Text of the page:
We generally use a three-step analysis to review the termination of parents’ rights. In re A.S., 906 N.W.2d 467, 472 (Iowa 2018). We must determine: (1) whether grounds for termination have been established, (2) whether termination is in the children's best interests, and (3) whether we should exercise any of the permissive exceptions to termination. Id. at 472–73. “However, if a parent does not challenge a step in our analysis, we need not address it.” In re J.P., No. 19-1633, 2020 WL 110425, at *1 (Iowa Ct. App. Jan. 9, 2020).

Both parents’ claims center on the statutory grounds authorizing termination. The juvenile court found grounds for termination under Iowa Code section 232.116(1)(h) and (l) (2019). When, as here, the juvenile court terminates on multiple statutory grounds, we may affirm on any ground supported by the record. See In re A.B., 815 N.W.2d 764, 774 (Iowa 2012). We focus on section 232.116(1)(h) as to both parents. It authorizes termination when:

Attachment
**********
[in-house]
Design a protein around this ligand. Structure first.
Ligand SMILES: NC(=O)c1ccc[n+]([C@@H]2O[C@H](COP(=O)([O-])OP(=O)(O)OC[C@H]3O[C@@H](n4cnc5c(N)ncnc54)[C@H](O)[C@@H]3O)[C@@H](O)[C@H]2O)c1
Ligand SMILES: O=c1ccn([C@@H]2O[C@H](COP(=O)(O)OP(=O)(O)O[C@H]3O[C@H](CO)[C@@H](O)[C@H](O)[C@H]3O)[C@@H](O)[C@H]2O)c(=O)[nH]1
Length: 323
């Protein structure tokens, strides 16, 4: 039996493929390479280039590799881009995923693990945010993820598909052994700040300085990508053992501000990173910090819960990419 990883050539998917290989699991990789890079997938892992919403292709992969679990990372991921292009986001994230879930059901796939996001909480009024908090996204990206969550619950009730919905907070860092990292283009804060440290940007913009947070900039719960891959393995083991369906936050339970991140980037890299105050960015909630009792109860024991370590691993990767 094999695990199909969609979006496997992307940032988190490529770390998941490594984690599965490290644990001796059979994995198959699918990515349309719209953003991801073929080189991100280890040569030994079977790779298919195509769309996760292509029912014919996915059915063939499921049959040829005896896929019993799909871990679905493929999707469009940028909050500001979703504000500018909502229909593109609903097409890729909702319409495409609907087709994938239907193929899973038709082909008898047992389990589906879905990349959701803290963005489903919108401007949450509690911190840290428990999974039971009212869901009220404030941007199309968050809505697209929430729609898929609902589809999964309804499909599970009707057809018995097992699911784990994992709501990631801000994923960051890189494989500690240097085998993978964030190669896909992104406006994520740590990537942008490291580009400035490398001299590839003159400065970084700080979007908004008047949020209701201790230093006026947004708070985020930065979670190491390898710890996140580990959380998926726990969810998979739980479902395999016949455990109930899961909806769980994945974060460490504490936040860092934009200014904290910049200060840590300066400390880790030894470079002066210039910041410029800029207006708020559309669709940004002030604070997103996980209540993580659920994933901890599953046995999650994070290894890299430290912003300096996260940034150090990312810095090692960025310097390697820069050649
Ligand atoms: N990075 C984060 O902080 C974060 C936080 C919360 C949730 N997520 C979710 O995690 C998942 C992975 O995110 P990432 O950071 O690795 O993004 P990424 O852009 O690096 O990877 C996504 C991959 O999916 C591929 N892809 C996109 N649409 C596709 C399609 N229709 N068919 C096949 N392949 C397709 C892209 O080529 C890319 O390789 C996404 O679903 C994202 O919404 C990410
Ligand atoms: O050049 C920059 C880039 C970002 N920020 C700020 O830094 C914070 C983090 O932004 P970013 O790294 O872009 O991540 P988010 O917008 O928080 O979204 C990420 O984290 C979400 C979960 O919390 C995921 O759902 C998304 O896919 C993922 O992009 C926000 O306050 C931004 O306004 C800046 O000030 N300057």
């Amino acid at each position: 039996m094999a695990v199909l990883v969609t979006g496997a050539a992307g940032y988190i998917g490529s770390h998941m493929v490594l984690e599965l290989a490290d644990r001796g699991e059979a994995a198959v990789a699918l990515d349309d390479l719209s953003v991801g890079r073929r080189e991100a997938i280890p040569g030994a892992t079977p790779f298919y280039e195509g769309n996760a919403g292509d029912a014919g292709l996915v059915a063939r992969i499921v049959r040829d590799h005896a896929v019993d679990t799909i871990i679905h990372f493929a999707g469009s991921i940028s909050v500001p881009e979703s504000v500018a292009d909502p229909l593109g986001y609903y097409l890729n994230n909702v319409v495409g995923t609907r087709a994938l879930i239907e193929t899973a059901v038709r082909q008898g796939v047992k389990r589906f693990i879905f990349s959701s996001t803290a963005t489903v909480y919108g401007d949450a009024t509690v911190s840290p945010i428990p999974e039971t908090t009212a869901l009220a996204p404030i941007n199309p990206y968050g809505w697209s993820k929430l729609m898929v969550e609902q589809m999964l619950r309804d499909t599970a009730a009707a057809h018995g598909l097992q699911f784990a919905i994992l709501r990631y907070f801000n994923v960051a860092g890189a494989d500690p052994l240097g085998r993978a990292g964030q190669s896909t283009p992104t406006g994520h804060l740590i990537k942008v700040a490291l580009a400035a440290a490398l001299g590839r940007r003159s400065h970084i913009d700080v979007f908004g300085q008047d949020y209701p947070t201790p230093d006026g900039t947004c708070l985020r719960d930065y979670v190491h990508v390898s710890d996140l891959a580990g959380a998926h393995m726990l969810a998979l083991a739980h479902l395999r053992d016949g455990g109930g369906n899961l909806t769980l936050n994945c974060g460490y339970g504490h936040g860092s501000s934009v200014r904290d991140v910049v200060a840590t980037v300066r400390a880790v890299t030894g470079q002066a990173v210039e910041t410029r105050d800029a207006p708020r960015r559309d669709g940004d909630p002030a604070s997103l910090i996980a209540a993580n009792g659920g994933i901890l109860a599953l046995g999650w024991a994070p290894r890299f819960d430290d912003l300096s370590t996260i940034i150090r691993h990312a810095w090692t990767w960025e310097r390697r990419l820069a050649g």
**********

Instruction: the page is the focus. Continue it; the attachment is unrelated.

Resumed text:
(1) The child is three years of age or younger.

(2) The child has been adjudicated a child in need of assistance pursuant to section 232.96.

(3) The child has been removed from the physical custody of the child's parents for at least six months of the last twelve months, or for the last six consecutive months and any trial period at home has been less than thirty days.

(4) There is clear and convincing evidence that the child cannot be returned to the custody of the child's parents as provided in section 232.102 at the present time.

Iowa Code § 232.116(1)(h).

We first address the mother's claim. She only challenges the fourth element: whether the children could be safely returned to her care. Upon review of the record, we conclude the children could not be returned to the mother's care.